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It feels like we’re back to Ahmadinejad time. Now as we all know Rouhani cannot transform Iran and it was to be expected that the problems would continue, but faced with public disapproval they had reigned it in a bit lately, and it seems they’re letting it go. Bad news after bad news.

First bad news is that the talks have reached obstacles and have stalled. With both P5+1 and IAEA. Via Reuters:

The U.N. nuclear watchdog sought in talks with Iranon Tuesday to advance a long-stalled investigation into Tehran’s atomic activities, but it was not immediately clear whether any headway was made.

A spokeswoman for the International Atomic Energy Agency confirmed the two sides met in Tehran, but said the IAEA was not planning to issue a statement about the talks on Tuesday, leaving open the possibility one might be made later.

And then there was this fiasco over Layla Hatami, Iranian actress who’s now one of the jury members at Cannes Film Festival, who shook hands and kissed the cheek of Gilles Jacob, the 83 year old President of the Cannes Film Festival. This caused a lot of outrage among the right wingers and parliament members. Which was to be expected – similar outrages were caused when Asghar Farhadi, the great Iranian director, shook hands with Angelina Jolie, or Mahmoud Ahmadinejad, the former president, kissed Hugo Chavez’s mother in his funeral. But there’s a real depressing element to this one. The depressing element is that a Rouhani administration official has also chimed in. Via BBC:

But Iranian deputy minister of culture, Hoseyn Nushabadi, said that Hatami’s appearance in Cannes was “in violation of religious beliefs”.

This is really depressing. People have been either mocking him (which he deserves) or defending him (which he does not). I don’t care if he did it to calm the situation or not, I don’t care if he was lying. First off, I don’t know Noushabadi. He might be one of the right wing radicals Rouhani has not been able to clear. There are many fundamentalist elements in his administration too. But we are allowed to feel betrayed and hurt for this.

Finally we have the young people who were arrested for dancing to Pharrell Williams’s video “Happy”. Via HuffingtonPost:

Sources report that seven to eight young Iranians have been arrested in Tehran, for the simple crime of being “Happy.”

Three men and three women danced unveiled to Pharrell Williams’ smash hit in a video that was widely shared on social media, garnering over 30,000 views before it was taken down. Copies have been quickly re-uploaded as news of the arrest has broken, sparking the hashtag #FreeHappyIranians.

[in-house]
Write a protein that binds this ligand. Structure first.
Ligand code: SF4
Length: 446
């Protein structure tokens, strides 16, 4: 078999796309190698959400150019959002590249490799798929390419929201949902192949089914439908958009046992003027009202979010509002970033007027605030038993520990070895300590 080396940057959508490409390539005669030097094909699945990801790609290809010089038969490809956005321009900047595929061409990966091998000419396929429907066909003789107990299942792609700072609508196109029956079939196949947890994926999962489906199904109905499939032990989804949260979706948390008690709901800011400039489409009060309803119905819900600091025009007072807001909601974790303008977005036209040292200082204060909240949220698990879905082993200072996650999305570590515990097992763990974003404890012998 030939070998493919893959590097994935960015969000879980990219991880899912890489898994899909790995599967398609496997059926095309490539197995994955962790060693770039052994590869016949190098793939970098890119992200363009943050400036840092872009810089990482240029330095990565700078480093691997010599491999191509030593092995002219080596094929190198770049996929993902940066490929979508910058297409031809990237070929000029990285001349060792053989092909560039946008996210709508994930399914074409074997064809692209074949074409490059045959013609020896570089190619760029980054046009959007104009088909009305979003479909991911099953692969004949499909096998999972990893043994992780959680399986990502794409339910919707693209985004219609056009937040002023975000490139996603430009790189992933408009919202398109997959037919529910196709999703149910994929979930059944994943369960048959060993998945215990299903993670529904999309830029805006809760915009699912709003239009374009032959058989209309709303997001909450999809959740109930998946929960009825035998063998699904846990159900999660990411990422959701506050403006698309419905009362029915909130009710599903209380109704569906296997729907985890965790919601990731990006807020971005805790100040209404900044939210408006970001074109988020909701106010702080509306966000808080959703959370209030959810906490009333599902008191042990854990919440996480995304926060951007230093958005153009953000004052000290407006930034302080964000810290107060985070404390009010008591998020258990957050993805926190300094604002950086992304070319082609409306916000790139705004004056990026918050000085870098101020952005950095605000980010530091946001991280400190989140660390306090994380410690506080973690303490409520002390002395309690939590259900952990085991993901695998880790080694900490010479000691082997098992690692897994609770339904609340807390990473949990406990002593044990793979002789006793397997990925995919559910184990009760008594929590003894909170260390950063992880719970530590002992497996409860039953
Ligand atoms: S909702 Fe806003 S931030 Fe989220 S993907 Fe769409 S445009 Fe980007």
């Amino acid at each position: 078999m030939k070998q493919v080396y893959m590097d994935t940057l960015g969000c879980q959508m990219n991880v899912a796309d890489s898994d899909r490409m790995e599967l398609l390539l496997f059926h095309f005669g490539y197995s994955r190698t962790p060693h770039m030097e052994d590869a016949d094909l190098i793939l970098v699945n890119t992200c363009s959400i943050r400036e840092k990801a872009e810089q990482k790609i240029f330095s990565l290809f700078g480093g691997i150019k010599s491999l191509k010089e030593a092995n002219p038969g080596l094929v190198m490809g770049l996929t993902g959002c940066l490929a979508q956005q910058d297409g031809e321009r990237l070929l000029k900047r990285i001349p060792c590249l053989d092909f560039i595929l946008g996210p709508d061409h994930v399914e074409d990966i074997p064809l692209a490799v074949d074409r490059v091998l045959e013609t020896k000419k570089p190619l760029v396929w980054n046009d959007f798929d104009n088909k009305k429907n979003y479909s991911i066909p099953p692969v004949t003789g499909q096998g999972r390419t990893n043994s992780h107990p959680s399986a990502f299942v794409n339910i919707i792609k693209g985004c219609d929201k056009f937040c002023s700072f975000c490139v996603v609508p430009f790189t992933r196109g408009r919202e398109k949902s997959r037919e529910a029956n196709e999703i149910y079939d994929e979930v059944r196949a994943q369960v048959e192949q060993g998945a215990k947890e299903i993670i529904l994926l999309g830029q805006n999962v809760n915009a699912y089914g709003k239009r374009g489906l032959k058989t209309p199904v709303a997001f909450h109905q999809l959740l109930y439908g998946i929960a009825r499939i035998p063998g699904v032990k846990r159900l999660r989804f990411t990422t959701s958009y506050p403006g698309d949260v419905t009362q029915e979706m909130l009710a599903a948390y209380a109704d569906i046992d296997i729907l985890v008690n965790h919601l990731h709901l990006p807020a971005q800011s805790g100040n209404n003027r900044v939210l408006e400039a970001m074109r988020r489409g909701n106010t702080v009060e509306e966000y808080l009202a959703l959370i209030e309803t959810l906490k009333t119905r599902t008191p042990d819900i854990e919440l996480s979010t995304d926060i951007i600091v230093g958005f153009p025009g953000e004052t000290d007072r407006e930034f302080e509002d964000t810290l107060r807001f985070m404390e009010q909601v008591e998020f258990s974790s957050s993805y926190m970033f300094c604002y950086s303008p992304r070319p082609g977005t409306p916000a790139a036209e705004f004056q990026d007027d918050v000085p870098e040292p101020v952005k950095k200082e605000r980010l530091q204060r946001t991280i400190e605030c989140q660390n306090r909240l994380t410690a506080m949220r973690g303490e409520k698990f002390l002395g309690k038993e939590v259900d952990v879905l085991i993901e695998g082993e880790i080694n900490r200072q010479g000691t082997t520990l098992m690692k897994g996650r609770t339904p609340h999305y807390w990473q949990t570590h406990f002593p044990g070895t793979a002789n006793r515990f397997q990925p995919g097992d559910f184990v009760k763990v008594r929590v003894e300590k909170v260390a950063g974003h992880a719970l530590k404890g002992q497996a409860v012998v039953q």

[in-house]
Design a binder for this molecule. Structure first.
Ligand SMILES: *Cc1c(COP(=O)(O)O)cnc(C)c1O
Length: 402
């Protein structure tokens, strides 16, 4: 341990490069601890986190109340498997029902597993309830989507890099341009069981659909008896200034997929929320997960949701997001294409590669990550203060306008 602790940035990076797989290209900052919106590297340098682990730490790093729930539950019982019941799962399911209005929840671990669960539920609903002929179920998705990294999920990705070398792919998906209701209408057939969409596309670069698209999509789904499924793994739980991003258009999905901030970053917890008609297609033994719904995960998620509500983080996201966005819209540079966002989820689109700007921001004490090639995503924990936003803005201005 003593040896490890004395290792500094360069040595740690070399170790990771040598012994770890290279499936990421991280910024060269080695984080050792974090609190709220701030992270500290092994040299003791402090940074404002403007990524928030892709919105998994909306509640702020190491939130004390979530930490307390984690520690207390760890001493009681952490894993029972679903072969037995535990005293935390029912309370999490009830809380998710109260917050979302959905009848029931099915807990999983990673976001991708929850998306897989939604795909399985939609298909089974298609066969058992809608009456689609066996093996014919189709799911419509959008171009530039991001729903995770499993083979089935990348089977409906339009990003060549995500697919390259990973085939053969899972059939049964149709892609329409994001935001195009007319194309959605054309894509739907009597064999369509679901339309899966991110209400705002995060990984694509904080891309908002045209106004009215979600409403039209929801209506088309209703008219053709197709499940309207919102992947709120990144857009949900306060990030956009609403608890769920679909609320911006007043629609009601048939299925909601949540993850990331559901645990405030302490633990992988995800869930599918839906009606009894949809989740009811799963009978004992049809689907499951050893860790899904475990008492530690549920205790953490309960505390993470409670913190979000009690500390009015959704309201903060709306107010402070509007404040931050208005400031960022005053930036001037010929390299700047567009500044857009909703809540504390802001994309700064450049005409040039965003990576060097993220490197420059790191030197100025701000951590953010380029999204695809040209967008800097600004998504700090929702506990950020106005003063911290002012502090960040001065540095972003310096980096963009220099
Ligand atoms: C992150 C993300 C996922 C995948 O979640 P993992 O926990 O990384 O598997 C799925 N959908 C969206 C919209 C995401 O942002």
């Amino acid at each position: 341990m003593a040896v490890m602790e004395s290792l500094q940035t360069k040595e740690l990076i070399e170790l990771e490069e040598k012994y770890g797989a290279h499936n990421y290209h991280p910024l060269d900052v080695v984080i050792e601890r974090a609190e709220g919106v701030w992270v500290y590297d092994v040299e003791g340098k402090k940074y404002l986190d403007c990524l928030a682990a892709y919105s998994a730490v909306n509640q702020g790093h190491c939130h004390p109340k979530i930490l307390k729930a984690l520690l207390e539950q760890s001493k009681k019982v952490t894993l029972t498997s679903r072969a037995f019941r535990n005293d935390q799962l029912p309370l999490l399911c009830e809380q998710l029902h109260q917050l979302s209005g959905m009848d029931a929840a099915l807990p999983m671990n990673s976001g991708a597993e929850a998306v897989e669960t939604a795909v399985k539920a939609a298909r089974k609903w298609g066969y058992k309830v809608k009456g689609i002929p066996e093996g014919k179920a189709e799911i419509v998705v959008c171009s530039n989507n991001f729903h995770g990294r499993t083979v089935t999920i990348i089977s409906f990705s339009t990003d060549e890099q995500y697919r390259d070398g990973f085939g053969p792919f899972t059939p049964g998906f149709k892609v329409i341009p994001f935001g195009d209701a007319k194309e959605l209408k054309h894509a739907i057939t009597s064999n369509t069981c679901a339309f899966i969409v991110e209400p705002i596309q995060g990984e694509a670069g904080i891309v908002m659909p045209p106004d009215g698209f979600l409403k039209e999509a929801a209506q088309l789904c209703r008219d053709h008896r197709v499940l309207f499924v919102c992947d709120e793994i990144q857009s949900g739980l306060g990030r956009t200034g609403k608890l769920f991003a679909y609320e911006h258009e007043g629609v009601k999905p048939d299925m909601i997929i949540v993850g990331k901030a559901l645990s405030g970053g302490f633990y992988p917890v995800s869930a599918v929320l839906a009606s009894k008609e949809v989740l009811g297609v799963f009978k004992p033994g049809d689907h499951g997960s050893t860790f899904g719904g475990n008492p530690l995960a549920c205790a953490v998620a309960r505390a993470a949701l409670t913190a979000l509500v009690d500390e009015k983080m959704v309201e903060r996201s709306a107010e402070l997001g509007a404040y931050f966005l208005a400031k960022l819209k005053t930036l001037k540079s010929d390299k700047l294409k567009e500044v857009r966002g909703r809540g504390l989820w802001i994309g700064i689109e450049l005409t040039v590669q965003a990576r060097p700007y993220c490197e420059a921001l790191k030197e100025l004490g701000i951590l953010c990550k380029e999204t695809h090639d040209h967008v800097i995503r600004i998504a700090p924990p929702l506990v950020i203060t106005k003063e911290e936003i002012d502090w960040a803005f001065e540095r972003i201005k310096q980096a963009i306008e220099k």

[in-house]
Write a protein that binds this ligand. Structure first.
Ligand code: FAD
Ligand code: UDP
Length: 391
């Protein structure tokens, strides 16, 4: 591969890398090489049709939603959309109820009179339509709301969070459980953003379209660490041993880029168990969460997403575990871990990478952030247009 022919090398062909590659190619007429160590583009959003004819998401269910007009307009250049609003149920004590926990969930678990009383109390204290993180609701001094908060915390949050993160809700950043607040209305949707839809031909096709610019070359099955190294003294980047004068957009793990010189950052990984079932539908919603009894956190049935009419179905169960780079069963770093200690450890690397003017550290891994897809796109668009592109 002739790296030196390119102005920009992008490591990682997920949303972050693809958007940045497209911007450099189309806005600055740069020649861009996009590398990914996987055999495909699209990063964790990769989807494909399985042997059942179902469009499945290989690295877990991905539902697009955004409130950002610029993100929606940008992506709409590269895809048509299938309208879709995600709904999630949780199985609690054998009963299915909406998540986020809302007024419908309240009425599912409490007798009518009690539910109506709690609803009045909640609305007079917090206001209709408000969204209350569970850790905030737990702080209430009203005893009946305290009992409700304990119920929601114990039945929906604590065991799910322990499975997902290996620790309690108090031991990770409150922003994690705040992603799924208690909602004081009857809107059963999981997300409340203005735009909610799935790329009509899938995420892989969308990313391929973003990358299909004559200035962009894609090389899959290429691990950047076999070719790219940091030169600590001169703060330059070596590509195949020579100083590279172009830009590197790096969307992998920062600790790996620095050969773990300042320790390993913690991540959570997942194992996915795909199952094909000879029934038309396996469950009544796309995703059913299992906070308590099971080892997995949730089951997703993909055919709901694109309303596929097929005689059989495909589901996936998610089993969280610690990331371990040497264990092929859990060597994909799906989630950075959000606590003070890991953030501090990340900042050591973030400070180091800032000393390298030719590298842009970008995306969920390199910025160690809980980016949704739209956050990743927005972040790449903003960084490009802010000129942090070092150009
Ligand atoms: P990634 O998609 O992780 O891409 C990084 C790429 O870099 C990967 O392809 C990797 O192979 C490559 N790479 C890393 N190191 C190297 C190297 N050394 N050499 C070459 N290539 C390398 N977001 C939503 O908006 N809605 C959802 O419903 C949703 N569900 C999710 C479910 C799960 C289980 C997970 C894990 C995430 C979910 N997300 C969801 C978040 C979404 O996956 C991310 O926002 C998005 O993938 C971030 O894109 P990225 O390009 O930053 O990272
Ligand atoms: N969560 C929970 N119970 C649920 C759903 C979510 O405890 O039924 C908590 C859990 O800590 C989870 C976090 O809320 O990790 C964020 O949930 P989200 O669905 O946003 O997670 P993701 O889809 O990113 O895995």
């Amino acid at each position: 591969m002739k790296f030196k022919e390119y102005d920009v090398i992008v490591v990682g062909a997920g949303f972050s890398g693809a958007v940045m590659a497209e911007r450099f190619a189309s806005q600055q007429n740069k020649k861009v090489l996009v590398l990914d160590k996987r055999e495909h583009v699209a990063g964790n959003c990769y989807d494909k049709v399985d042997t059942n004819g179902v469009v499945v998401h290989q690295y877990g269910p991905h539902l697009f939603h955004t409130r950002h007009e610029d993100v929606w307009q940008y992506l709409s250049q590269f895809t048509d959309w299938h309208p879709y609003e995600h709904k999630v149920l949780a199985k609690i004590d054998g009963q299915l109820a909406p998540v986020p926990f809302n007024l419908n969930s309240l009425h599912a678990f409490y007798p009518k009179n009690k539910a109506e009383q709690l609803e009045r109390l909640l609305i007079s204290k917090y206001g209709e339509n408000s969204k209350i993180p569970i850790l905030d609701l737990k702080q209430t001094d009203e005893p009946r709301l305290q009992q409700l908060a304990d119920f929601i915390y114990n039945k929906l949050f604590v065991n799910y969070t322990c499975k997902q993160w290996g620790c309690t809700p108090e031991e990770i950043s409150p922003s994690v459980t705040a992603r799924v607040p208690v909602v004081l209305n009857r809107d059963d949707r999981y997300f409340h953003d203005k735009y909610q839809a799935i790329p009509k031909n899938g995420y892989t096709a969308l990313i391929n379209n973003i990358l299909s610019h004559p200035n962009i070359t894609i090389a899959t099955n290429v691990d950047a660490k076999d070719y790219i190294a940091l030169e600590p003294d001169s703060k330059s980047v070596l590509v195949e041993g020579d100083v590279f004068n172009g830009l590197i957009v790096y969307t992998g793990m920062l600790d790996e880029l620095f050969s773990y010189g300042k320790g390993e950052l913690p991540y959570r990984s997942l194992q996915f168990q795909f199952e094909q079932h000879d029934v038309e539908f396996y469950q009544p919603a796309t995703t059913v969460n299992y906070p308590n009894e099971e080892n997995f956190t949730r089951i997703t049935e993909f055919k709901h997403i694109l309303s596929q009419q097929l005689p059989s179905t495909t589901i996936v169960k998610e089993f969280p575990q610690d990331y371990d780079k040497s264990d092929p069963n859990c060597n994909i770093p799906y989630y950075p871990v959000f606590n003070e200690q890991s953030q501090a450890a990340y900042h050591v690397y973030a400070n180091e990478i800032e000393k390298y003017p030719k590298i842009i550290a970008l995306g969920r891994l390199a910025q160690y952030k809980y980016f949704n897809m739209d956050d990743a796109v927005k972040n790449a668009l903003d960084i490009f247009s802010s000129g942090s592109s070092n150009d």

Many Iranians praised their joyful video, but it was met with censure by the conservative religious forces which have ruled Iran since the Revolution in 1979.

“After a vulgar clip which hurt public chastity was released in cyberspace, police decided to identify those involved in making that clip,” Tehran police chief Hossein Sajedinia told the ISNA News Agency, according to ABC.

Footage from Iranian state TV appears to show seven men and one woman being interrogated about the video, which is shown in the clip with the dancers blurred out.The BBC reported that the exact number of detainees has not been released.

I have no doubt that they will be released real soon. We’ve seen this a lot of times. Once a huge group of young people were arrested for playing with water guns in a park.

Their goal is to strike fear and intimidation into our hearts, to diminish our hope. Actually, it’s very apt that they targeted young people who were singing “Happy”, because they don’t want that side of Iran being reported, young people who don’t care for their Islamic dressing code and are living their lives. They want to remind people who’s in charge. They do that from time to time.

From time to time the regime ups the oppression ante a bit. This is one of those times.

And it’ll pass like the rest of them.

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An Iranian researcher, writer, and teacher who is an ex-Muslim atheist currently living in one of the theocracies in the world, Iran. Interested in literature, philosophy, and political sciences, especially...